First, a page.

Figure.8 CBCT examination of the upper arch
Figure 9: CBCT examination of the lower arch
The patient was monitored for approx. one year, but there were no significant resorption changes at the level of the roots of the temporary teeth - upper lateral incisors and upper canines, and a slight root resorption occurred only in the lower arch at the level of 73 and 83, i.e., in the temporary canines. It is worth mentioning that the subject’s sister did not show any form of hypodontia.
he dental treatment plan conceived consisted of extracting the temporary lateral incisors and replacing them with two implant-prosthetic restorations after the completion of the facial growth. Considering the lifespan of the quick canines, the patient’s age, and growth potential, it was decided to maintain teeth and replace them with implants only later. . Another option considered is the replacement of temporary canines with upper first premolars to reduce the edentulous space.  It is recommendable to avoid inserting implants in the maxillary canine area due to the functional trauma in this area [10,11], but there were cases in which temporary canines were replaced with implants. 
As for the mandibular arch, it was decided to extract the temporary canines and direct the eruption of the permanent canines. The use of mini-implants would help close the spaces by mesialization of the lateral teeth.
In temporary dentition, hypodontia is very rare, ranging between 0.1% and 2.4% [13,14,15], with females being more affected than males, i.e., a male: female ratio of 2:3. As regards the unilateral or bilateral missing of teeth, Endo et al.  reported that 89% of patients had bilateral missing teeth. The lateral incisor hypodontia can be accompanied by diastema. In mixed dentition, the anomaly is suspected whenever the temporal lateral incisor persists, or eruption disorders occur with the premolar eruption before the lateral incisor, and the presence of a false diastema  Canine agenesia has been reported in sporadic cases, for example in a study conducted in India by Guttal et al. in 2010, Gupta et al. in 2011 and Shetty et al in 2012, no cases of agenesis of canine were reported. It may also be associated with other dental anomalies such as microdontia, supernumerary teeth, or other teeth missing malocclusions [13,14]. In other studies, the prevalence of canine agenesis ranges between 0.07 and 0.13% (Kambalimath et al., 2015) .
Treatment can sometimes be challenging to apply and requires interdisciplinary collaboration between the pediatric dentist, orthodontist, surgeon, and prosthetician. A key-role lies with the pediatric dentist, who has to evaluate the number of missing teeth and the number of temporary teeth remaining on the arch to plan the treatment. The presence of an associated abnormality, the degree of ingress, and the facial profile of the patient are other factors in making a therapeutic decision. If the roots of the teeth face root resorption problems, they can be extracted, and one may maintain the space by a space maintainer that will restore physiological and phonetic function until around the age of 20, when bridges or dental implants can be applied. In this situation, the option was to keep the temporary teeth in the arch and perform periodic dental checks to track root resorption. It is recommended to devitalize temporary teeth to maintain them longer on the hook. If root resorption occurs, it is possible to opt for extraction followed by implant prosthetic treatment.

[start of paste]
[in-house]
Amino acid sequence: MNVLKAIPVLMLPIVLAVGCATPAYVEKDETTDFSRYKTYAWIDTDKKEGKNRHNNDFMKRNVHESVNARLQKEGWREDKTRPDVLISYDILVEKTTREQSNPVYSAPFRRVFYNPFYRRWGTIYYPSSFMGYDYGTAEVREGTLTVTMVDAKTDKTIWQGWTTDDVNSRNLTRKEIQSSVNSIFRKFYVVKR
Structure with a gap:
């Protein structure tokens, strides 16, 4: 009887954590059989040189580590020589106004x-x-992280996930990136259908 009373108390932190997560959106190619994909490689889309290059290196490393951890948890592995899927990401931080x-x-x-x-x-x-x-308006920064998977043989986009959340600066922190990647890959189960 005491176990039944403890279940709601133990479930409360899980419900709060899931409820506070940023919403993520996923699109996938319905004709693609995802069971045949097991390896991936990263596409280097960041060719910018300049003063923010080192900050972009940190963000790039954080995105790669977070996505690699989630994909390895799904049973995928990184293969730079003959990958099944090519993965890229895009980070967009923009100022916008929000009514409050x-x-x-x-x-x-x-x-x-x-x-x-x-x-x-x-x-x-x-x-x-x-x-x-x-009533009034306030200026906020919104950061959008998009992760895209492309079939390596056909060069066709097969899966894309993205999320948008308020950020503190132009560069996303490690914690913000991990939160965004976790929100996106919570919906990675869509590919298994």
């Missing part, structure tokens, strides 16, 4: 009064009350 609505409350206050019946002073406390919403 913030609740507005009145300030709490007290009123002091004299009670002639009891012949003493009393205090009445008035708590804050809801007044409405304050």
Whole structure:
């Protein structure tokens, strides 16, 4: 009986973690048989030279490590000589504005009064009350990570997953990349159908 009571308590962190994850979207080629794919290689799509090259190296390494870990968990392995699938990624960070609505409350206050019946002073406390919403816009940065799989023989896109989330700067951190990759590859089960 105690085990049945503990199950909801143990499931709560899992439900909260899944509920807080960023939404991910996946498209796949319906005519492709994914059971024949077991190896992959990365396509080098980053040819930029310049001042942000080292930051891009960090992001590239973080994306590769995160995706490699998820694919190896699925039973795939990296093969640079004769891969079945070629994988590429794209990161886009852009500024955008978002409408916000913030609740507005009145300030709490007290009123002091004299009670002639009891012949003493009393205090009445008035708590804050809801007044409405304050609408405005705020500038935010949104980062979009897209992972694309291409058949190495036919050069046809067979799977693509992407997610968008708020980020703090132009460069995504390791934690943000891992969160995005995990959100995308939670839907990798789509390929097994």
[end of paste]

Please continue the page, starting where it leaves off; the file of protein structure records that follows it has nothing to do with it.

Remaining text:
Frequently, due to their location at the front of the arches, dental anomalies can create serious aesthetic and physiognomic problems in patients. Prosthetic treatment is the best solution from a physiognomic and durability point of view, but it can only be carried out after a certain age, given the loss of dental tissue for tooth preparation . In children and adolescents, until the end of the growth period, which is considered at the age of 18 years, conservative, less invasive methods should be considered, often for a shorter period or even permanent .
Regarding frequency, studies have shown that the upper lateral incisor is the second missing tooth after the lower second premolar in the total number of missing teeth . The absence of these teeth may be influenced by ethnicity, the age of the study group in the case of those with two missing teeth, and the size of the study sample .
Females were found to have a higher prevalence than males. The most commonly affected teeth were mandibular second premolars, maxillary lateral incisors, and maxillary second premolars. [17,18]
Regarding prevalence by sex, the prevalence was higher in women than in men (combined OR 1.22; 95% CI: 1.14, 1.30). Regarding teeth, the lower second premolar was the most common missing tooth, followed by the upper lateral incisor and upper second premolar. [18,19]
Dental agenesia or anodontia is the congenital absence of the dental bud and, subsequently, the missing of the corresponding tooth on the arch, being one of the dental anomalies of number. To confirm diagnosis, the most crucial diagnosis used is CBCT, followed by the clinical examination. These cases require close collaboration between a pediatric dentist and a dental surgeon to find the best solution available in terms of treatment.
For the best possible treatment encompassing long-term results, there should be considered the underlying conditions of the patient, if applicable, the type of associated anomaly, the life span of the temporary teeth, the prosthetic reconstruction according to the patient’s preferences, as well as treatment costs.
Conflict of Interests: The authors hereby represent that they have no conflict of interests to declare.
This authors contributed equally to this manuscript/work.